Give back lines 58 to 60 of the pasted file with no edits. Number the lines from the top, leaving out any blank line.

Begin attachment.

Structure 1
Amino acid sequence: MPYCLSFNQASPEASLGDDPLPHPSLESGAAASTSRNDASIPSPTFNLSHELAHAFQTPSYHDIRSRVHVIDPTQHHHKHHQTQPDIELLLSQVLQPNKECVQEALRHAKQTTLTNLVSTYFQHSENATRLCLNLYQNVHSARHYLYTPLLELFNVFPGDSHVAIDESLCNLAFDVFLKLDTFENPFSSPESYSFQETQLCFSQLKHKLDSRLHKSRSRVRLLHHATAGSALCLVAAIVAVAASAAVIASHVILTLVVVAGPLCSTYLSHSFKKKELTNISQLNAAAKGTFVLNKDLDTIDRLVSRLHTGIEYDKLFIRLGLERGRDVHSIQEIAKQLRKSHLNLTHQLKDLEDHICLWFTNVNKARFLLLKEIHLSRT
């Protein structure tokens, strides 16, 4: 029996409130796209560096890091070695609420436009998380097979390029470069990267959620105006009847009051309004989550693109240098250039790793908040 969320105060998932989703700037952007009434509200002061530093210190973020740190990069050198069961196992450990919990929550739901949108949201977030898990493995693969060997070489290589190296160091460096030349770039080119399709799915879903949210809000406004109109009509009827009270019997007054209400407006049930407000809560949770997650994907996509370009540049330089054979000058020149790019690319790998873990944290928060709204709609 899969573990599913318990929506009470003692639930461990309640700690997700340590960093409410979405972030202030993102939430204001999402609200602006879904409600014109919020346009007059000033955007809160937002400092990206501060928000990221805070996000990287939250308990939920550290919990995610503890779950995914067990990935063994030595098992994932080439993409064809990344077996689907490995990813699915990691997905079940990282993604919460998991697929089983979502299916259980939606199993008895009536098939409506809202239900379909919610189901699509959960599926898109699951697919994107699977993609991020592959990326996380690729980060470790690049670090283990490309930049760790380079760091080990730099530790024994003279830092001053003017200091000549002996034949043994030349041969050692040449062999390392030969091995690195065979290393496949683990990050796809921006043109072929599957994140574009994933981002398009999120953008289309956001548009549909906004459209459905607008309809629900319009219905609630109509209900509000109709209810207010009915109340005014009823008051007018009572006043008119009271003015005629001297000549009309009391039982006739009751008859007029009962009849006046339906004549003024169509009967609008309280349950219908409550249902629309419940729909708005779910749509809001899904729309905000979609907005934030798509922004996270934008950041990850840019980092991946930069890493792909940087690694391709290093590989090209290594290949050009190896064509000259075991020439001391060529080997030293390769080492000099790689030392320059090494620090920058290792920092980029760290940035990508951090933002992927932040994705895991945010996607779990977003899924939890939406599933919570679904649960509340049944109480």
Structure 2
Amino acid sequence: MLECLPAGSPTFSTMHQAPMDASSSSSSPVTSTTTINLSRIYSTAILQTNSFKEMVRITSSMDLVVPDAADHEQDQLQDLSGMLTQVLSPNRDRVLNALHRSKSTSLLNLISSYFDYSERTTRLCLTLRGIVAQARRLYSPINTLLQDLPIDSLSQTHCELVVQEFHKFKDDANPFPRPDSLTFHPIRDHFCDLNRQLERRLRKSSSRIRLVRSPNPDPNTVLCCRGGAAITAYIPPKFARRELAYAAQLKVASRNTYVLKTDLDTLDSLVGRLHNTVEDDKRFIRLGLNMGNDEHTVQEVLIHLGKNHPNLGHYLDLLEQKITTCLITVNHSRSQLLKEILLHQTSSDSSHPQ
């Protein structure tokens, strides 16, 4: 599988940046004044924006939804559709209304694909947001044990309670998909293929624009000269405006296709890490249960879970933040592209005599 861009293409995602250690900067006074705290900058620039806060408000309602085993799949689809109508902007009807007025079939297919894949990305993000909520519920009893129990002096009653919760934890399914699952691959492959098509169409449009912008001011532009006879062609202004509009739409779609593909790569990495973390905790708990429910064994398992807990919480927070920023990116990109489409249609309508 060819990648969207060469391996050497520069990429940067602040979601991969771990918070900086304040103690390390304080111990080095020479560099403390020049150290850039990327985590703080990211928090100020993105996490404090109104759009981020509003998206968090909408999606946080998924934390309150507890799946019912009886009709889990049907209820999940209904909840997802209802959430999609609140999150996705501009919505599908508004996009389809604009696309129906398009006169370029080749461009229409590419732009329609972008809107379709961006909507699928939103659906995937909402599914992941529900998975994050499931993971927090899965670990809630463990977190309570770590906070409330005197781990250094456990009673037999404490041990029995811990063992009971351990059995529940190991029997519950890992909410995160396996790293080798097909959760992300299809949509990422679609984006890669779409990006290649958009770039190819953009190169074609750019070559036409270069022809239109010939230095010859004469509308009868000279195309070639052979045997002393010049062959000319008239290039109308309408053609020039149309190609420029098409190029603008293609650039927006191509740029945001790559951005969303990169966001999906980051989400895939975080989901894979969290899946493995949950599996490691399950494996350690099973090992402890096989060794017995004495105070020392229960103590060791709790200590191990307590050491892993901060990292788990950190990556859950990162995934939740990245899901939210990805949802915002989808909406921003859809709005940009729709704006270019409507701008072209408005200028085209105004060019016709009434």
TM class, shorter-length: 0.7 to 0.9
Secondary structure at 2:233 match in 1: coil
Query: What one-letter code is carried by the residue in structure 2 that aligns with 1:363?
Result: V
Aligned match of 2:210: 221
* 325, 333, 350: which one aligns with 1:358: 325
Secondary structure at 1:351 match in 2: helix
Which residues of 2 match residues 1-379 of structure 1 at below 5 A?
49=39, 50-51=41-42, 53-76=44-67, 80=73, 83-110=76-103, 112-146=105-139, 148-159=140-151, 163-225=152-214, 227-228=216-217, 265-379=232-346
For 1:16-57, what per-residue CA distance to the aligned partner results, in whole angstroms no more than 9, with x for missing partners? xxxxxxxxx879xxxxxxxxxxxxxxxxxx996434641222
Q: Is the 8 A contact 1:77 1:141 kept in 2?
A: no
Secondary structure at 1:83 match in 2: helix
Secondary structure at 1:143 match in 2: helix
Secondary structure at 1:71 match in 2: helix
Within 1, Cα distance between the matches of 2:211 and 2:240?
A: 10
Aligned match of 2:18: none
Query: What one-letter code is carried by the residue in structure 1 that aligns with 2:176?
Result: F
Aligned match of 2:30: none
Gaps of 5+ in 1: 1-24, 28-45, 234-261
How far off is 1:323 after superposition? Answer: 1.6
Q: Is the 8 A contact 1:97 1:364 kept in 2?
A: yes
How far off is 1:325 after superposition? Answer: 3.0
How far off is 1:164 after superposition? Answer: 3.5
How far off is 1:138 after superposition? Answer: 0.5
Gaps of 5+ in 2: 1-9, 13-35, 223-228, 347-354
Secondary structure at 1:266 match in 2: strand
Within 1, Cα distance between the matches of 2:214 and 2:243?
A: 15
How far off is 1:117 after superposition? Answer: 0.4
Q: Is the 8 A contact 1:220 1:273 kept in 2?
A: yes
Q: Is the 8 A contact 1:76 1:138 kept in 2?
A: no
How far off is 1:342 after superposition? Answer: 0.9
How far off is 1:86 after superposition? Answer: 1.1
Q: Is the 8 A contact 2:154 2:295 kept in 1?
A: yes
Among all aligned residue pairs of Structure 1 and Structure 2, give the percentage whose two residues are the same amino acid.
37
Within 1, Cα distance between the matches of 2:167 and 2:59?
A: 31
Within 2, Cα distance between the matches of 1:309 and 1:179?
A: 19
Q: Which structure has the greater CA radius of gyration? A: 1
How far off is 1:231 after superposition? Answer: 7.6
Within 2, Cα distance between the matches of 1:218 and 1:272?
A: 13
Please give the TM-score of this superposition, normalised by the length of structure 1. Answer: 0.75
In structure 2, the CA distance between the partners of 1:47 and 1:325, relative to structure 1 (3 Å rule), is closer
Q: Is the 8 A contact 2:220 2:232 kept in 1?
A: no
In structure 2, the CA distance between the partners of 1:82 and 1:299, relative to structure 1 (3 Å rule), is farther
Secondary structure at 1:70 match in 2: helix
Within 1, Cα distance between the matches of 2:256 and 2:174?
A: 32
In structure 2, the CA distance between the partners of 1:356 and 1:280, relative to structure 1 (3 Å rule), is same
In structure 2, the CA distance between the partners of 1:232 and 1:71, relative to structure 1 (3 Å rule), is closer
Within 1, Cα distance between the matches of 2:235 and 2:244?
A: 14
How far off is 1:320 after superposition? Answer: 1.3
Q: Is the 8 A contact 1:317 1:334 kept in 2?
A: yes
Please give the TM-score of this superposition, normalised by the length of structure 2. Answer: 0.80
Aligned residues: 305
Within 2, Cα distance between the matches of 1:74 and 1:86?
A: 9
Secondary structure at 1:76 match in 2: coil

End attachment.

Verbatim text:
Please give the TM-score of this superposition, normalised by the length of structure 1. Answer: 0.75
In structure 2, the CA distance between the partners of 1:47 and 1:325, relative to structure 1 (3 Å rule), is closer
Q: Is the 8 A contact 2:220 2:232 kept in 1?